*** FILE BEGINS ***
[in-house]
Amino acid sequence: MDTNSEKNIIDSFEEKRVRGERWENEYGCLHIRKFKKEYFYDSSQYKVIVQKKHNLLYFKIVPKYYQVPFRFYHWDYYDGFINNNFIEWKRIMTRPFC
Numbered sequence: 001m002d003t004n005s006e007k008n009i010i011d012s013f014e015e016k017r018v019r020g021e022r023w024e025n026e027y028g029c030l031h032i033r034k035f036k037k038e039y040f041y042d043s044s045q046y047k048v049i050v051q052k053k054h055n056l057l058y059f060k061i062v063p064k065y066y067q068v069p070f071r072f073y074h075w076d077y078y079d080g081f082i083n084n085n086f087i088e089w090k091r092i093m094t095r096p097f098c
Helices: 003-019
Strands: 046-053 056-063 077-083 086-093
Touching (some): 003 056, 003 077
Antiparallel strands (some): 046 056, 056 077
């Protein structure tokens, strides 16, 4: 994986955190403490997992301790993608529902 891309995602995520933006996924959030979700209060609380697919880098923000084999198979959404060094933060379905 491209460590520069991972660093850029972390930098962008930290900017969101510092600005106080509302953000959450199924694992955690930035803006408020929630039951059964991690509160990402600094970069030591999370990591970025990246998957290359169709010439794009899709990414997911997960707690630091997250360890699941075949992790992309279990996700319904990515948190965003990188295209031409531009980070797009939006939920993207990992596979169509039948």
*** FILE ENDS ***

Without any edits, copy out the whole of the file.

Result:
[in-house]
Amino acid sequence: MDTNSEKNIIDSFEEKRVRGERWENEYGCLHIRKFKKEYFYDSSQYKVIVQKKHNLLYFKIVPKYYQVPFRFYHWDYYDGFINNNFIEWKRIMTRPFC
Numbered sequence: 001m002d003t004n005s006e007k008n009i010i011d012s013f014e015e016k017r018v019r020g021e022r023w024e025n026e027y028g029c030l031h032i033r034k035f036k037k038e039y040f041y042d043s044s045q046y047k048v049i050v051q052k053k054h055n056l057l058y059f060k061i062v063p064k065y066y067q068v069p070f071r072f073y074h075w076d077y078y079d080g081f082i083n084n085n086f087i088e089w090k091r092i093m094t095r096p097f098c
Helices: 003-019
Strands: 046-053 056-063 077-083 086-093
Touching (some): 003 056, 003 077
Antiparallel strands (some): 046 056, 056 077
């Protein structure tokens, strides 16, 4: 994986955190403490997992301790993608529902 891309995602995520933006996924959030979700209060609380697919880098923000084999198979959404060094933060379905 491209460590520069991972660093850029972390930098962008930290900017969101510092600005106080509302953000959450199924694992955690930035803006408020929630039951059964991690509160990402600094970069030591999370990591970025990246998957290359169709010439794009899709990414997911997960707690630091997250360890699941075949992790992309279990996700319904990515948190965003990188295209031409531009980070797009939006939920993207990992596979169509039948």